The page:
Premier Jason Kenney announces new public health measures to slow the spread of COVID-19. He made the announcement at the legislature on Nov. 24, 2020. PHOTO: COURTESY OF EMILY MARSTEN

As the number of COVID-19 cases in Alberta continues to rise, Premier Jason Kenney announced new immediate mandatory measures on Tuesday to help slow the spread.

With over 14,000 active cases of the virus in the province, Kenney declared a state of public health emergency. The premier emphasized the impact of COVID-19 on all Albertans, but especially on those that require continuing care.

“Continuing care outbreaks have quadrupled since Oct. 1, and they are putting the lives of our most vulnerable, our seniors, at risk.”

Kenney said that they are trying to increase hospital capacity, but warned Albertans that the rise of hospitalizations threatens the ability to deliver other needed health services. 

“As we increase that capacity it comes at a real cost, a cost to people’s health, and I fear, a cost to peoples lives.”

As such, Kenney announced the much-anticipated new mandatory restrictions. 

New measures

These include, but are not limited to: 

  • No social gatherings in any setting. Outdoor gatherings will be limited to a maximum of 10 people. 
  • Mandatory capping of attendance to one-third capacity on gathering within places of worship. 
  • Retail services restricted to 25 per cent occupancy limits.
  • On Nov. 30, all students in grades seven to 12 will end in-person schooling and move to an online format, until Jan. 11, 2021. 
  • Mandatory masks must be worn in all indoor workspaces in Calgary, Edmonton and the surrounding areas.
Public health measures announced Tuesday by the Alberta government.

For the complete list of guidelines, visit: https://www.alberta.ca/enhanced-public-health-measures.aspx

What it means now

The mandatory restriction against social gatherings is an important aspect of fighting the spread of COVID-19, Kenney said that social gatherings are the largest source of transmission.


“Many people may think that a family dinner or get-together with friends is no big deal,” he said, but, “it is a key reason why COVID-19 is winning.”

Previously, it was only recommended that places of worship cap attendance at one-third capacity, now, capping attendance is a mandatory requirement.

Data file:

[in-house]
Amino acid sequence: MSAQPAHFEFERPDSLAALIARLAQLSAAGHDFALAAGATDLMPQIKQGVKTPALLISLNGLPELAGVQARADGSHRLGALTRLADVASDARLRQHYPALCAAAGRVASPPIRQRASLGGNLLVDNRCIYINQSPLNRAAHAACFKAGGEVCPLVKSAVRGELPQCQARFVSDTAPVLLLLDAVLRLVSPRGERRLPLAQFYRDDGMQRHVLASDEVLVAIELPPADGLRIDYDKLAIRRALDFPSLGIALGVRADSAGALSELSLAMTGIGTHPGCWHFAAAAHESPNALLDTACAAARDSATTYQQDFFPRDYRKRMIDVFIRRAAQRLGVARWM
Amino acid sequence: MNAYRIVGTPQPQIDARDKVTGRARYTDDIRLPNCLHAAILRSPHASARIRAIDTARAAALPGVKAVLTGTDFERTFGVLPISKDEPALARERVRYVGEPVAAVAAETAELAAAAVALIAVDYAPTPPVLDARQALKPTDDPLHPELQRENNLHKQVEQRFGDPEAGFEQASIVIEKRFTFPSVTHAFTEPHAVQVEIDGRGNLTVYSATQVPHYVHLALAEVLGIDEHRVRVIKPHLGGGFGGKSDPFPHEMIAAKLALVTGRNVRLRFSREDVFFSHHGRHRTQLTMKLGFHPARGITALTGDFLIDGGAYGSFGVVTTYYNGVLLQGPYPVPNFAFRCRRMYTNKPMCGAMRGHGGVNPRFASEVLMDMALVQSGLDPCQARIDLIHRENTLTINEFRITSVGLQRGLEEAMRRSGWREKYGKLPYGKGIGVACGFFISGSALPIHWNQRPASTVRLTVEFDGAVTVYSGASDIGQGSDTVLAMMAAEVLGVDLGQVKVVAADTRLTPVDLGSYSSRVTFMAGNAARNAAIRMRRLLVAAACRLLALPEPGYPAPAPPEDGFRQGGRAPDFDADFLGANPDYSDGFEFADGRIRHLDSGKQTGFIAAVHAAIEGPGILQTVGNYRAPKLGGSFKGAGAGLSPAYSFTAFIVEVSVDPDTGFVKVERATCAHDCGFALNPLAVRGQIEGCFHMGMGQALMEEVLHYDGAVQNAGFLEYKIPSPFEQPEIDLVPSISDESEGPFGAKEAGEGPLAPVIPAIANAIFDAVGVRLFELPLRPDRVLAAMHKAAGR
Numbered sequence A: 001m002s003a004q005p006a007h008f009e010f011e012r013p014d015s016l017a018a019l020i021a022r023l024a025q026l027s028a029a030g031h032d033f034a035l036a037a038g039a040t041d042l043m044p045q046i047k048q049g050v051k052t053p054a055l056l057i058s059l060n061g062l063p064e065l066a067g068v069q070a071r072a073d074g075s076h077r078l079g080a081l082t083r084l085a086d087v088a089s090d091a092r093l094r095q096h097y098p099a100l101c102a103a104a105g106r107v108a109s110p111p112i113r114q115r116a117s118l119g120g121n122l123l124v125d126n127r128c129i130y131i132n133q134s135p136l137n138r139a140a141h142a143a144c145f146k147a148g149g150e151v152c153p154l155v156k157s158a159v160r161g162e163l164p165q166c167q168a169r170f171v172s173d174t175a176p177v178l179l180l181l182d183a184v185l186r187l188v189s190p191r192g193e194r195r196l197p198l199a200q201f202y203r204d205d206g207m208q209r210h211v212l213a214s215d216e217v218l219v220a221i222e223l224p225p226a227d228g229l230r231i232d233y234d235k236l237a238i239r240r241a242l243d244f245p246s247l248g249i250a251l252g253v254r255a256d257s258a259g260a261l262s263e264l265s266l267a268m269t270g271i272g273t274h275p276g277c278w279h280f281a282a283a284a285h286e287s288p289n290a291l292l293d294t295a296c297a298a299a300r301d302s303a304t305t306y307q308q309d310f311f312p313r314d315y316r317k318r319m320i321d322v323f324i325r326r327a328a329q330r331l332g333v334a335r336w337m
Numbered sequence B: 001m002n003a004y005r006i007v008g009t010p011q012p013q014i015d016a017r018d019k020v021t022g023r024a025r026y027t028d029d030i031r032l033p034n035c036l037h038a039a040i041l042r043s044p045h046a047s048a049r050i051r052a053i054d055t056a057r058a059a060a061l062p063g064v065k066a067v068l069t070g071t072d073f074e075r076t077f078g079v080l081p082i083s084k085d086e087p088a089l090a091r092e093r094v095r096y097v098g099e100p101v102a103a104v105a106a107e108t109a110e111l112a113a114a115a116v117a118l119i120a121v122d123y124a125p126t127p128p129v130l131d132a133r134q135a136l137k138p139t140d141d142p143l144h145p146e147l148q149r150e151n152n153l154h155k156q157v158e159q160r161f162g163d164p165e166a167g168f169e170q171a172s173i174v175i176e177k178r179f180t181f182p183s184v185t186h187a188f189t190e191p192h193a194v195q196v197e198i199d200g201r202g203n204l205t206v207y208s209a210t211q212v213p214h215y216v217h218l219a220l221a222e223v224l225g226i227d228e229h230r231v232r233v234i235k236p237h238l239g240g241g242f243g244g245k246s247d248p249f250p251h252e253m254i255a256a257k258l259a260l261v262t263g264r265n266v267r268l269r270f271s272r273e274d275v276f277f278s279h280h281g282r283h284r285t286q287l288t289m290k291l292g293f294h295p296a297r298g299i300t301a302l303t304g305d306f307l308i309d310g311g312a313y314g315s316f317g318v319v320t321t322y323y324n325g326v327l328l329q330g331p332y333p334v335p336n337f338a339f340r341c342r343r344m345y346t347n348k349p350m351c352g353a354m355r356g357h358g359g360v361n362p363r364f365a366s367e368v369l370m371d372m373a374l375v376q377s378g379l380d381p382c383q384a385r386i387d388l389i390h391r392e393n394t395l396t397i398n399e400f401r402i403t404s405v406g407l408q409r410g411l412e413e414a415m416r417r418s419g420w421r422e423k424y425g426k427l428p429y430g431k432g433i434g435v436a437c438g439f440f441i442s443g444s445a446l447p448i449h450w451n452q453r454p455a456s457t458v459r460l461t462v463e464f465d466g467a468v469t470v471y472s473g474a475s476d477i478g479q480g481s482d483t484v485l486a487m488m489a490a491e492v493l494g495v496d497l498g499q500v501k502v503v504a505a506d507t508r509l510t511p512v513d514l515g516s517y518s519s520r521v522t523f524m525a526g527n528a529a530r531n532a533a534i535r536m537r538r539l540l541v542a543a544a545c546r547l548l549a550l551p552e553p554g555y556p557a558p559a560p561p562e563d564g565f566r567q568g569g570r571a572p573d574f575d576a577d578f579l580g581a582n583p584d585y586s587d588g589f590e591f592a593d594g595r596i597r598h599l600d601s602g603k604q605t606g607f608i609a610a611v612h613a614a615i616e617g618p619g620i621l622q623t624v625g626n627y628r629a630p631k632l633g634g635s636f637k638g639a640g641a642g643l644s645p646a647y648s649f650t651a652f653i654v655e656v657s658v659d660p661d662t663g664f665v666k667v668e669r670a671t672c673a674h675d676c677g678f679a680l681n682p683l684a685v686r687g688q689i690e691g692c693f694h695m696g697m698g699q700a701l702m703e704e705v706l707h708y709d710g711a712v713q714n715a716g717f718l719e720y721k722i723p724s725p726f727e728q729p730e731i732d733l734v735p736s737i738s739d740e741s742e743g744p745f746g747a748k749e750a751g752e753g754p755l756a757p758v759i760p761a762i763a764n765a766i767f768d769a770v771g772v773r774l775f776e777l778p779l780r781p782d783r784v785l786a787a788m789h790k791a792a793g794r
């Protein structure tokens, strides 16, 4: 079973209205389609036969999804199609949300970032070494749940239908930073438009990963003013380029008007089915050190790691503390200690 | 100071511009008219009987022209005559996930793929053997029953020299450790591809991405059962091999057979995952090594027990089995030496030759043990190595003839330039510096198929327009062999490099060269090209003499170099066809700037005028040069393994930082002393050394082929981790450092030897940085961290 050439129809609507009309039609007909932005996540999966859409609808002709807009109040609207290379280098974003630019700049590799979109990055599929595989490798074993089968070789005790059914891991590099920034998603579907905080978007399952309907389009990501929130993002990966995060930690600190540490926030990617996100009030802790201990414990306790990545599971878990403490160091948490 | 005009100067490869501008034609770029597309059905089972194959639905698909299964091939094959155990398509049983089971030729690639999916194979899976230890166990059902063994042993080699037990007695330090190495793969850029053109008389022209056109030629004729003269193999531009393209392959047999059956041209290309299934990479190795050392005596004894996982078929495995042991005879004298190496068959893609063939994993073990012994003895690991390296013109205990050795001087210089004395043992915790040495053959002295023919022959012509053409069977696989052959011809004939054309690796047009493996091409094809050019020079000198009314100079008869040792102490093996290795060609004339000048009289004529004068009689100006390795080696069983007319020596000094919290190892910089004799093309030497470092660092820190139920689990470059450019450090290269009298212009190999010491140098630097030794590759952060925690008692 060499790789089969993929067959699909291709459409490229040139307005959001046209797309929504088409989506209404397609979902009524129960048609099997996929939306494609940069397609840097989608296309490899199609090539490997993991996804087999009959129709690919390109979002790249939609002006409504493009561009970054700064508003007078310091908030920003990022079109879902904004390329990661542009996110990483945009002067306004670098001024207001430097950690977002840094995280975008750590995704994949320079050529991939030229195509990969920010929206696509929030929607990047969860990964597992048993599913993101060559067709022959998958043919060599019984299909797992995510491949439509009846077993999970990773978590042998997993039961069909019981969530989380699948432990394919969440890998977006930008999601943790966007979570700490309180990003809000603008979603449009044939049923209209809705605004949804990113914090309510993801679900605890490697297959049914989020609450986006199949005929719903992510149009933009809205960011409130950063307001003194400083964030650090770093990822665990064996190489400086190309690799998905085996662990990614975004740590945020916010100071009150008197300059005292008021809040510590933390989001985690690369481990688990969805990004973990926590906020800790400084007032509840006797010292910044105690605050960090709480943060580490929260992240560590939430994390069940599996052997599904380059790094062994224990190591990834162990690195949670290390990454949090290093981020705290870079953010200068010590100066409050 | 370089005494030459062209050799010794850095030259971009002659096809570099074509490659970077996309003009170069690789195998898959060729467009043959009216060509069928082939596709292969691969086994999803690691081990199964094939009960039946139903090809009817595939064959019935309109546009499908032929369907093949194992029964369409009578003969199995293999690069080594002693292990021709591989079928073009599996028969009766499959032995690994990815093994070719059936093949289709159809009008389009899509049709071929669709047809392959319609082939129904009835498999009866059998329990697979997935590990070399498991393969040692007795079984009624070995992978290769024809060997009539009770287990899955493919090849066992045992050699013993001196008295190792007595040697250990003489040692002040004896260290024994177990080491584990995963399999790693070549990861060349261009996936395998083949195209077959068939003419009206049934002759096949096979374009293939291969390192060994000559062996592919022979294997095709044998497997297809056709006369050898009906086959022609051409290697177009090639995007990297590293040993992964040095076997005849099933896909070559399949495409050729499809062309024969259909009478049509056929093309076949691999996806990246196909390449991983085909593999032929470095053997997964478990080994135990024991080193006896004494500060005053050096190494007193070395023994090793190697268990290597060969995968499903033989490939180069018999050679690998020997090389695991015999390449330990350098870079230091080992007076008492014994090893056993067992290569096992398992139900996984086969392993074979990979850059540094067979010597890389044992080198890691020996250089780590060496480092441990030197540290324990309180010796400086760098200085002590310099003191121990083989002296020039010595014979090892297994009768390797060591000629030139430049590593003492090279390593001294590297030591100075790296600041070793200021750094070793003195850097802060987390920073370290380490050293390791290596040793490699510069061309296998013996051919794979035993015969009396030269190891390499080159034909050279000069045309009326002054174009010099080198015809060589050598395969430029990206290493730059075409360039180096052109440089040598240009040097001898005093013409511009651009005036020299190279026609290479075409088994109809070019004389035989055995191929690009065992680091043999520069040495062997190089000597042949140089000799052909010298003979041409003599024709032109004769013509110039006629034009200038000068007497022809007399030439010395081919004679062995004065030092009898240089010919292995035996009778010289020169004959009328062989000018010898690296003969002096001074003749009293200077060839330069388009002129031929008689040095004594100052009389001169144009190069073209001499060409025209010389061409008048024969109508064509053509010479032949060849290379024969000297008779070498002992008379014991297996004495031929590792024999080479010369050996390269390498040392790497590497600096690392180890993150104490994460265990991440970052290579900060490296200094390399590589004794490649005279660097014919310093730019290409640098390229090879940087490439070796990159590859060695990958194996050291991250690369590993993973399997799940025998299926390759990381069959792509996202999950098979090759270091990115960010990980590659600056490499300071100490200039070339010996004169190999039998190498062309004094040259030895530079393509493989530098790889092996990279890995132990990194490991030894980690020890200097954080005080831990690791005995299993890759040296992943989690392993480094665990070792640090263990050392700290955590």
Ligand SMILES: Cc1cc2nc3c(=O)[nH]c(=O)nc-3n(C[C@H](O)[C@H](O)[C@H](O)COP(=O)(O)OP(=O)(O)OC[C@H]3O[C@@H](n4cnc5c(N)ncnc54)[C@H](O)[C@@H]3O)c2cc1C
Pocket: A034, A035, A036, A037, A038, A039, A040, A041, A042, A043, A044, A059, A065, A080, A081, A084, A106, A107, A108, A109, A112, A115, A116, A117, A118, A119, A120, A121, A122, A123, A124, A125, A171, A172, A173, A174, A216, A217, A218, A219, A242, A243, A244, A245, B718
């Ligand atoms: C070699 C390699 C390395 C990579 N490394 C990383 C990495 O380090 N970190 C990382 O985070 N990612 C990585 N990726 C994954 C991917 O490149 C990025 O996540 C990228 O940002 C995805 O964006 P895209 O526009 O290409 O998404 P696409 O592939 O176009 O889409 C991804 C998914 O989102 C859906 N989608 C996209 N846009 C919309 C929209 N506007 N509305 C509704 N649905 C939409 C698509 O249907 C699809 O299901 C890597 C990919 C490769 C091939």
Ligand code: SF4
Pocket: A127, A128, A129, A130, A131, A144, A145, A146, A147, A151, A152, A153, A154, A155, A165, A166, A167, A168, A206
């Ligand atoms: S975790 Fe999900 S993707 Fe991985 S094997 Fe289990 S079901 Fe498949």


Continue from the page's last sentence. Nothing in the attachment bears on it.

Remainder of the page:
“Although the vast majority of faith communities have carefully followed our guidelines,” Kenney said, “a handful have flagrantly violated these parameters causing outbreaks.”

Kenney said he realizes the impact that the new occupancy limit of 25 per cent in retail places will have on businesses and encouraged Albertans to support one another by shopping locally.

On Nov. 30, 2020, students Grades 7 to 12 will move to online classes until the end of classes on Dec. 18th. Kenney hopes the temporary move to online schooling will help decrease community transmission. 

“Teenagers are more likely to transmit the virus than younger children. A longer period away from the school for these older students will help to reduce broader community transmission.”

Kenney explained that making the decision to keep students under grade seven in school will allow parents to continue working. 

Students will also be given a longer winter break with the early end of classes on Dec. 18th, and the return to in-person classes on Jan. 11, 2021.

Additionally, Kenney announced the requirement of wearing masks in all indoor work settings in Calgary, Edmonton and the surrounding areas, encouraging workers and employers to work from home whenever possible.  But he did not introduce a province-wide mask ban, which the opposition has demanded.

Kenney warns Albertans to follow guidelines

Some critics have said the premier should have taken more restrictive measures but Kenney spoke to people who believe they go to far.

 “These measures are tough, but they are necessary. They are needed to protect our healthcare system from being overwhelmed,” he said.

With the concept of a vaccine in view, Kenney said, “the end of this terrible time is in sight.”

But he also left Albertans with a warning for the future.

“If these measures do not have meaningful impact, and that depends on how each of us respond, we will be forced to take even more drastic measures to protect the healthcare system later in December.”